So does that mean hope is wishful thinking?
No. Hope can be realized. It’s not some far fetched notion. But it likely depends on the odds of a thing happening, too, right? I mean if a couple gets pregnant they may hope for a boy. Well, there’s a 50% chance their hope will be realized. The odds are pretty good in that scenario.
The recent graduate applies to an exclusive master’s degree program that accepts only 30 students. In a typical fall semester 350 people apply for those 30 openings. Every student hopes to be among those selected. The numbers make the odds a longer shot than having a son versus a daughter. But you know some of those 350 students who apply expect to be chosen. They feel they have good enough grades and other resume positives to warrant them being selected over the others.
Hope isn’t just an element of age or experience as Lewis Black claims. Odds are involved. But here’s the real deal…YOU are involved. Your skill, your abilities, your situation — it’s all involved in hope, optimism and expectation.
We’ve all got stories of suicides – and I’m not talking about the mentally-ill driven variety. Stories of people who found themselves in difficult circumstances, often of their own doing, who lost all hope. Optimism gone. Expectations focused only on how much worse things might get.
I’m thinking of a business man some years ago who was embezzling money from his employer. He’d gotten himself into debt that he couldn’t handle. He made a bad choice. When he learned an audit was happening in order to figure out some odd-ball activities, he expected he’d be caught. Unable to face that, and the horrors it would cause his family, he decided a better option would be to drive to a remote location where he put a gun to his head and pulled the trigger. Safe to say he reached a place of hopelessness. But it was his fault. He put himself in that spot.
Hope, optimism and expectations involve YOU, but that doesn’t mean it’s just all you. In recent years quite a few people who were part of my life have died. Some of them after long illnesses. Some of them had an expectation they’d improve. Others knew they wouldn’t survive. Circumstances happen beyond our control, but it doesn’t rob us of our ability to control our reaction to them.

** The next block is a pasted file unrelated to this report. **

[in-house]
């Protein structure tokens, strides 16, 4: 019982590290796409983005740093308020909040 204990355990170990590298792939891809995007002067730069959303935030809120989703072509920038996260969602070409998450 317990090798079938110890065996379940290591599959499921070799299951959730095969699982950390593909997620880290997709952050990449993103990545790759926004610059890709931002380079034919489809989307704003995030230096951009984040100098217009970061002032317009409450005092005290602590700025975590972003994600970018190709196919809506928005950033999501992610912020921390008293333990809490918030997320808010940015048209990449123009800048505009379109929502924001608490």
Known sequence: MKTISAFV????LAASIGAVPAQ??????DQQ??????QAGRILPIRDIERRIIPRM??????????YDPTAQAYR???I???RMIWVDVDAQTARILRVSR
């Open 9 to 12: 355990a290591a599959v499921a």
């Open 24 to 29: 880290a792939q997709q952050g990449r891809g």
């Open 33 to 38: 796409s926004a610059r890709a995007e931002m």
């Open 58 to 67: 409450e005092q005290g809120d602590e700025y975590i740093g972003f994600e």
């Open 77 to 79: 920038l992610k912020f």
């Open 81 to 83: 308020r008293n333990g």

“I cut an inch off of every straw I see, just to make the world suck a little less. ” ― Jarod Kintz, This Book Has No Title
Every business guy knows the maxim, “Hope is not a strategy.” But we also know that at some time or another everybody has employed hope as a strategy. I know I have.
And we’ve all heard the adage that “you get what you expect.” Which may be mostly true, but maybe not. I’m not keeping a spreadsheet on mine, are you? It’s funny how many truths aren’t tracked. Even so, I am a believer in expectations. But I also believe in hope and optimism.
Tom Rath told a powerful story about expectations at the beginning of his book, Vital Friends. Chapter 1 is entitled, “Who expects you to be somebody?” Rath tells the story of asking an important question of a homeless man named Roger. “How did you end up on the streets?” asked Rath. Roger tells a sad story of losing his best friend at work, which spiraled him down a slope from which he couldn’t seem to recover. One night at a bar after work ended being every night at bar after work. Eventually, he lost his job and his family. He wasn’t an uneducated man. He was a working engineer in a mechanical engineering firm. But at 32 it was all lost.
His mom tried to help him, but eventually she realized it was beyond her control. Roger ended up living in his car until the parking tickets stacked up resulting in the car being impounded. Now Roger was officially homeless. That’s how he ended up on the street. Rath asked one last question, “Who expects you to be somebody?”
“Roger paused for a moment, took a deep breath, and said, “I don’t think anyone does anymore.”
Tell me expectations aren’t important. I’m a parent and now a grandparent. I can attest to the power of expectations on our children. Talk to any school administrator who gets it and you’ll hear the same thing. Kids who have no adults in their life that expect them to amount to anything…don’t amount to anything. Sure there are exceptions, but it’s not the rule.
We all have some experience in how expectations impact our own lives, too. It’s not that every expectation happens, but it’s funny to me how many I talk to and ask about this topic. I’ll hear things like this…